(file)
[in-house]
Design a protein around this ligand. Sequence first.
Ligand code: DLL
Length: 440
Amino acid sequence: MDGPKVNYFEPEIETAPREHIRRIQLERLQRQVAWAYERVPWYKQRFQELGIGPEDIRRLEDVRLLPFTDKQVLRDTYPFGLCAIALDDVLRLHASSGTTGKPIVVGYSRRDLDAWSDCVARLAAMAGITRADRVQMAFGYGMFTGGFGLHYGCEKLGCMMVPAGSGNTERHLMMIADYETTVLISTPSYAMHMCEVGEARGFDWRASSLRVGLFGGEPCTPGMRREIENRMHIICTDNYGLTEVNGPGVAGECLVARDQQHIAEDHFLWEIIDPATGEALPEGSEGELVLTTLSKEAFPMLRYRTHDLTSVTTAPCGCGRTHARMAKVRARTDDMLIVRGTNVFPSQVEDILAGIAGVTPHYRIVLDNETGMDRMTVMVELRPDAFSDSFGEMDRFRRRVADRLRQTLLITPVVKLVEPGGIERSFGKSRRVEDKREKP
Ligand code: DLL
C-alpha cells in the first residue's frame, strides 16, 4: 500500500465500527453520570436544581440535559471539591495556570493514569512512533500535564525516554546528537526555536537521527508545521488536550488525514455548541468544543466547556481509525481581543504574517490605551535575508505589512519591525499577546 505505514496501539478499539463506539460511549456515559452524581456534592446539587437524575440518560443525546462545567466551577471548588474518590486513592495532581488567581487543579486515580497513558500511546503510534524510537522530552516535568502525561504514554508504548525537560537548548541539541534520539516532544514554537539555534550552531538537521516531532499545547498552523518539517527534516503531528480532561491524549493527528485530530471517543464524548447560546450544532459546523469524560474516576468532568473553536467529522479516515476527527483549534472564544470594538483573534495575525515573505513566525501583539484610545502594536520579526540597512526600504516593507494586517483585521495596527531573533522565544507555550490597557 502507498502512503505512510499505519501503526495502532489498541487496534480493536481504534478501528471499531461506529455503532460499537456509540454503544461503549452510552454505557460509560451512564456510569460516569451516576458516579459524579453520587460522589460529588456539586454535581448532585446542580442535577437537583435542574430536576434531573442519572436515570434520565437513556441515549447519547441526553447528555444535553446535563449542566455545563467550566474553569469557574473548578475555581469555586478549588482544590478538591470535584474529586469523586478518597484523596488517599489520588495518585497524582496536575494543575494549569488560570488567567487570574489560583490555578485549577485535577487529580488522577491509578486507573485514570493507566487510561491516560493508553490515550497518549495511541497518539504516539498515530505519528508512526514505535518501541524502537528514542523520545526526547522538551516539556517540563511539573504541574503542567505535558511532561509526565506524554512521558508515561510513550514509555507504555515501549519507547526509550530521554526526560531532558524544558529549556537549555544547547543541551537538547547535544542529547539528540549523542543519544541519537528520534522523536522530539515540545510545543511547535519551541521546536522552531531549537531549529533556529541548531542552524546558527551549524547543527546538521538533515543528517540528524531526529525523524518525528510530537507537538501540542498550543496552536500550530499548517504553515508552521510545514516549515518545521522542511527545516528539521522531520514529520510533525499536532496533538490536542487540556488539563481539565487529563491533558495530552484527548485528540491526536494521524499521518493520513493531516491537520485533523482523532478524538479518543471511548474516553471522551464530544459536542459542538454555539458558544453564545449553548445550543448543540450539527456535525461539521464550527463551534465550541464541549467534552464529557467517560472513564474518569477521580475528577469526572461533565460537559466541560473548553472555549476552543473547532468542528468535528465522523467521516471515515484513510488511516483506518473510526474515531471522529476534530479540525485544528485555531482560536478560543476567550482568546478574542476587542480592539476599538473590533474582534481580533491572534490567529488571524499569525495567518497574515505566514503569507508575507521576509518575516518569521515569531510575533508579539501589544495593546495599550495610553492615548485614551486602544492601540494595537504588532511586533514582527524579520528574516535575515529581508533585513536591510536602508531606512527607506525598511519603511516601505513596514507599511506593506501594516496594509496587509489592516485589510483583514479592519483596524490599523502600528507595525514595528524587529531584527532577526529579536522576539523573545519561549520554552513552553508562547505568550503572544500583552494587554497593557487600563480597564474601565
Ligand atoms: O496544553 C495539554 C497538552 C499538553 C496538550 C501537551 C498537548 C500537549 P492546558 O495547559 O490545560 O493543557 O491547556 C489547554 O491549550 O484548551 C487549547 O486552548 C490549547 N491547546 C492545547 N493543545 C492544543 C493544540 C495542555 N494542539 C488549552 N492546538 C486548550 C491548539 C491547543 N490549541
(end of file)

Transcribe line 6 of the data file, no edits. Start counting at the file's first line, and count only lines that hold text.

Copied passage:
Ligand code: DLL